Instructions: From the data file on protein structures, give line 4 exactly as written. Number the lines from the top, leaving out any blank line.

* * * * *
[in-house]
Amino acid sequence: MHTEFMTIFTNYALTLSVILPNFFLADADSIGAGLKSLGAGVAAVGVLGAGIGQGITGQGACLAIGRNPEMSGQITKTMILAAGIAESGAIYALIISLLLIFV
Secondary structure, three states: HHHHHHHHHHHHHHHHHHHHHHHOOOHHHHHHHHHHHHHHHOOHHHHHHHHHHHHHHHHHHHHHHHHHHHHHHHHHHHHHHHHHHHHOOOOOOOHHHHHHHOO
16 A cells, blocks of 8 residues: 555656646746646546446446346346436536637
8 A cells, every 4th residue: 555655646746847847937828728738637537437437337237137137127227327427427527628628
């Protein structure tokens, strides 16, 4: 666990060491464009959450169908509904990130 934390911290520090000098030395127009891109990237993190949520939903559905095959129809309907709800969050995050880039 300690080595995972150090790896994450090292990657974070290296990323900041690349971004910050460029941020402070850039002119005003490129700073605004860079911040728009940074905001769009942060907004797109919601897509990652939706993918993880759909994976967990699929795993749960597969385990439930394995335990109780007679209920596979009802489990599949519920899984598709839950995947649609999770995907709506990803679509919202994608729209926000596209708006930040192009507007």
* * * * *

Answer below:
16 A cells, blocks of 8 residues: 555656646746646546446446346346436536637